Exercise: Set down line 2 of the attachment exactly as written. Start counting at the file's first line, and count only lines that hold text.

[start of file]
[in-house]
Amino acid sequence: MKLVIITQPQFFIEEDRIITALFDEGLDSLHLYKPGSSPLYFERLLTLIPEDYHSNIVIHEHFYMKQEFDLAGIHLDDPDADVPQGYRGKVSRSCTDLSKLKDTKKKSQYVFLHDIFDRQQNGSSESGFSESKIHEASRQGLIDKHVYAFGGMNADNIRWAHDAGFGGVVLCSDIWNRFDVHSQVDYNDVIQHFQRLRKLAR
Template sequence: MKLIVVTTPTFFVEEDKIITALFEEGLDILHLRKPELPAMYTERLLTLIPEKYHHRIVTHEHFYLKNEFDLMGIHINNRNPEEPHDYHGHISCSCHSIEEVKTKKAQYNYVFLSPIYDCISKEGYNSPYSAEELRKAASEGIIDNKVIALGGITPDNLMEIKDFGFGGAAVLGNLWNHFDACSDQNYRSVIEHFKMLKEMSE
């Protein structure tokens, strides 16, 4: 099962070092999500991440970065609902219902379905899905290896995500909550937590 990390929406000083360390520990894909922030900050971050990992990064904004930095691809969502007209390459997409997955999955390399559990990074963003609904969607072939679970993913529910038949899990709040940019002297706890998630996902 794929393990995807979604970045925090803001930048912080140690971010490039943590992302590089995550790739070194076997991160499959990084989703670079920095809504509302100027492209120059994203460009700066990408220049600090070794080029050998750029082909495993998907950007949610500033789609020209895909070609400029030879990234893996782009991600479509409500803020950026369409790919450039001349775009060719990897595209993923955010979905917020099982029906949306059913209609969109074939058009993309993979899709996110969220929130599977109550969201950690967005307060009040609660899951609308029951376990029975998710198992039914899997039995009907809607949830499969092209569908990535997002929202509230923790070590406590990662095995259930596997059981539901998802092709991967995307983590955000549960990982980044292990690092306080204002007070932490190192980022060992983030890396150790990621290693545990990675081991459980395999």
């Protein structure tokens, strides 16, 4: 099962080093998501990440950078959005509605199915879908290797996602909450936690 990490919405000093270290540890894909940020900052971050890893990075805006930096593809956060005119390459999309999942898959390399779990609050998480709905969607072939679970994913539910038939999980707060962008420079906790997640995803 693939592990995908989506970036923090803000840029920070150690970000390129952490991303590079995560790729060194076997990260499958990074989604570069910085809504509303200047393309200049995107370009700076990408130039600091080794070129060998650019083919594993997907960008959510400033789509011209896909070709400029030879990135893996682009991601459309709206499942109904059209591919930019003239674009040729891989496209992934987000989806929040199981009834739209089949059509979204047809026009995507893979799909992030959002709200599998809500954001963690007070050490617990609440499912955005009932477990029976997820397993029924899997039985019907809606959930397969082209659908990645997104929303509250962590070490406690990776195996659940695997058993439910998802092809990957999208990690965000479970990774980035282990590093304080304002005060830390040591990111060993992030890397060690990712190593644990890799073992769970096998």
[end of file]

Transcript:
Amino acid sequence: MKLVIITQPQFFIEEDRIITALFDEGLDSLHLYKPGSSPLYFERLLTLIPEDYHSNIVIHEHFYMKQEFDLAGIHLDDPDADVPQGYRGKVSRSCTDLSKLKDTKKKSQYVFLHDIFDRQQNGSSESGFSESKIHEASRQGLIDKHVYAFGGMNADNIRWAHDAGFGGVVLCSDIWNRFDVHSQVDYNDVIQHFQRLRKLAR